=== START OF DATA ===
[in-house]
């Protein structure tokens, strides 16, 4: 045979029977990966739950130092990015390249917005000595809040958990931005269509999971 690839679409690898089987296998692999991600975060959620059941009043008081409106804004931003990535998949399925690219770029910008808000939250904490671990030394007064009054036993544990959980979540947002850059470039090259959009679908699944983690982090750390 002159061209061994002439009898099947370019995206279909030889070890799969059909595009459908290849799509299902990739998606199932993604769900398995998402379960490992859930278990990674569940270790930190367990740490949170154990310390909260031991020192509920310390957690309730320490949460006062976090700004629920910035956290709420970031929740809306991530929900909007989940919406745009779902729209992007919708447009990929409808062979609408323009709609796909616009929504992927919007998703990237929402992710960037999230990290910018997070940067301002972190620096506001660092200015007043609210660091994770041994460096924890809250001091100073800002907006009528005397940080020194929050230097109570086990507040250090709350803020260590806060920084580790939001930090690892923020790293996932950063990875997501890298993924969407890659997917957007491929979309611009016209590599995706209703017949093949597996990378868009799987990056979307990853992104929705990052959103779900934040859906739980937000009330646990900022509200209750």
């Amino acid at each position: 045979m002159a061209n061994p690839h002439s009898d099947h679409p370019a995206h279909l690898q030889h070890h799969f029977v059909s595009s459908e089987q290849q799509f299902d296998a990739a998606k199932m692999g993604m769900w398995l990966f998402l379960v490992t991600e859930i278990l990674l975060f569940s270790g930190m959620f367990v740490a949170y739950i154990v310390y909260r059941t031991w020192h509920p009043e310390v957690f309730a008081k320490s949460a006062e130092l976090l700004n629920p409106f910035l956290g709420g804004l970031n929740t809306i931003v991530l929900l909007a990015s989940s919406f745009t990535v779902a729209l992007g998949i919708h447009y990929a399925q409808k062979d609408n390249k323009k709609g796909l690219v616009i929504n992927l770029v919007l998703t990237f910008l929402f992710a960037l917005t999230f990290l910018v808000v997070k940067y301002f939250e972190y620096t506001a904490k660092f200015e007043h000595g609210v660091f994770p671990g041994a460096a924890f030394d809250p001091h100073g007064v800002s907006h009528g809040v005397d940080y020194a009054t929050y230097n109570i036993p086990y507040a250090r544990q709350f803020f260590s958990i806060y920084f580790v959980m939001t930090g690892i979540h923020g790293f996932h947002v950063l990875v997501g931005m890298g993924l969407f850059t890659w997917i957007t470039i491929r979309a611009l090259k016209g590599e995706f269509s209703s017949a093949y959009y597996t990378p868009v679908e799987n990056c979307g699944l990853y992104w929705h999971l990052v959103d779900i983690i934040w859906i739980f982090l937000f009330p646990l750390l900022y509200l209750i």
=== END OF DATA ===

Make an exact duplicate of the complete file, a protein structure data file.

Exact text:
[in-house]
């Protein structure tokens, strides 16, 4: 045979029977990966739950130092990015390249917005000595809040958990931005269509999971 690839679409690898089987296998692999991600975060959620059941009043008081409106804004931003990535998949399925690219770029910008808000939250904490671990030394007064009054036993544990959980979540947002850059470039090259959009679908699944983690982090750390 002159061209061994002439009898099947370019995206279909030889070890799969059909595009459908290849799509299902990739998606199932993604769900398995998402379960490992859930278990990674569940270790930190367990740490949170154990310390909260031991020192509920310390957690309730320490949460006062976090700004629920910035956290709420970031929740809306991530929900909007989940919406745009779902729209992007919708447009990929409808062979609408323009709609796909616009929504992927919007998703990237929402992710960037999230990290910018997070940067301002972190620096506001660092200015007043609210660091994770041994460096924890809250001091100073800002907006009528005397940080020194929050230097109570086990507040250090709350803020260590806060920084580790939001930090690892923020790293996932950063990875997501890298993924969407890659997917957007491929979309611009016209590599995706209703017949093949597996990378868009799987990056979307990853992104929705990052959103779900934040859906739980937000009330646990900022509200209750």
């Amino acid at each position: 045979m002159a061209n061994p690839h002439s009898d099947h679409p370019a995206h279909l690898q030889h070890h799969f029977v059909s595009s459908e089987q290849q799509f299902d296998a990739a998606k199932m692999g993604m769900w398995l990966f998402l379960v490992t991600e859930i278990l990674l975060f569940s270790g930190m959620f367990v740490a949170y739950i154990v310390y909260r059941t031991w020192h509920p009043e310390v957690f309730a008081k320490s949460a006062e130092l976090l700004n629920p409106f910035l956290g709420g804004l970031n929740t809306i931003v991530l929900l909007a990015s989940s919406f745009t990535v779902a729209l992007g998949i919708h447009y990929a399925q409808k062979d609408n390249k323009k709609g796909l690219v616009i929504n992927l770029v919007l998703t990237f910008l929402f992710a960037l917005t999230f990290l910018v808000v997070k940067y301002f939250e972190y620096t506001a904490k660092f200015e007043h000595g609210v660091f994770p671990g041994a460096a924890f030394d809250p001091h100073g007064v800002s907006h009528g809040v005397d940080y020194a009054t929050y230097n109570i036993p086990y507040a250090r544990q709350f803020f260590s958990i806060y920084f580790v959980m939001t930090g690892i979540h923020g790293f996932h947002v950063l990875v997501g931005m890298g993924l969407f850059t890659w997917i957007t470039i491929r979309a611009l090259k016209g590599e995706f269509s209703s017949a093949y959009y597996t990378p868009v679908e799987n990056c979307g699944l990853y992104w929705h999971l990052v959103d779900i983690i934040w859906i739980f982090l937000f009330p646990l750390l900022y509200l209750i």